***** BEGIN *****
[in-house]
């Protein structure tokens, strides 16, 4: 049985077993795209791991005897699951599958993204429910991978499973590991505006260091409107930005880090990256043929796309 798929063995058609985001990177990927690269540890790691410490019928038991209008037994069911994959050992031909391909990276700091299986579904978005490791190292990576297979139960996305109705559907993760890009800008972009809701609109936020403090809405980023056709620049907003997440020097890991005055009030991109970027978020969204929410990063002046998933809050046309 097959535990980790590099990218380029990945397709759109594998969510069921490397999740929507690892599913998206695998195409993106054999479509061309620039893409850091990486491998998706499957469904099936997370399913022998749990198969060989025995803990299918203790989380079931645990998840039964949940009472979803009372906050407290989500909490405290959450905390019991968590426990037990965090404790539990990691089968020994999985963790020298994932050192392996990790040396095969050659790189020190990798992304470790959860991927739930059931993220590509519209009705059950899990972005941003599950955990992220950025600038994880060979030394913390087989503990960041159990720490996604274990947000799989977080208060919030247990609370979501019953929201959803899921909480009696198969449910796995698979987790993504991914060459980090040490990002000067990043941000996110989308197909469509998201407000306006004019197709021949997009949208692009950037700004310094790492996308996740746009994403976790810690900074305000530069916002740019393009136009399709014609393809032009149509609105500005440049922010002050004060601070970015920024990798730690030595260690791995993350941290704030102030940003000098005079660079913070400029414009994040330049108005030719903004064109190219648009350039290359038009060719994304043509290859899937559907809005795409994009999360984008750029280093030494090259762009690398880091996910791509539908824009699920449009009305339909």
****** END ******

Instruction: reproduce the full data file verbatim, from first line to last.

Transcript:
[in-house]
């Protein structure tokens, strides 16, 4: 049985077993795209791991005897699951599958993204429910991978499973590991505006260091409107930005880090990256043929796309 798929063995058609985001990177990927690269540890790691410490019928038991209008037994069911994959050992031909391909990276700091299986579904978005490791190292990576297979139960996305109705559907993760890009800008972009809701609109936020403090809405980023056709620049907003997440020097890991005055009030991109970027978020969204929410990063002046998933809050046309 097959535990980790590099990218380029990945397709759109594998969510069921490397999740929507690892599913998206695998195409993106054999479509061309620039893409850091990486491998998706499957469904099936997370399913022998749990198969060989025995803990299918203790989380079931645990998840039964949940009472979803009372906050407290989500909490405290959450905390019991968590426990037990965090404790539990990691089968020994999985963790020298994932050192392996990790040396095969050659790189020190990798992304470790959860991927739930059931993220590509519209009705059950899990972005941003599950955990992220950025600038994880060979030394913390087989503990960041159990720490996604274990947000799989977080208060919030247990609370979501019953929201959803899921909480009696198969449910796995698979987790993504991914060459980090040490990002000067990043941000996110989308197909469509998201407000306006004019197709021949997009949208692009950037700004310094790492996308996740746009994403976790810690900074305000530069916002740019393009136009399709014609393809032009149509609105500005440049922010002050004060601070970015920024990798730690030595260690791995993350941290704030102030940003000098005079660079913070400029414009994040330049108005030719903004064109190219648009350039290359038009060719994304043509290859899937559907809005795409994009999360984008750029280093030494090259762009690398880091996910791509539908824009699920449009009305339909």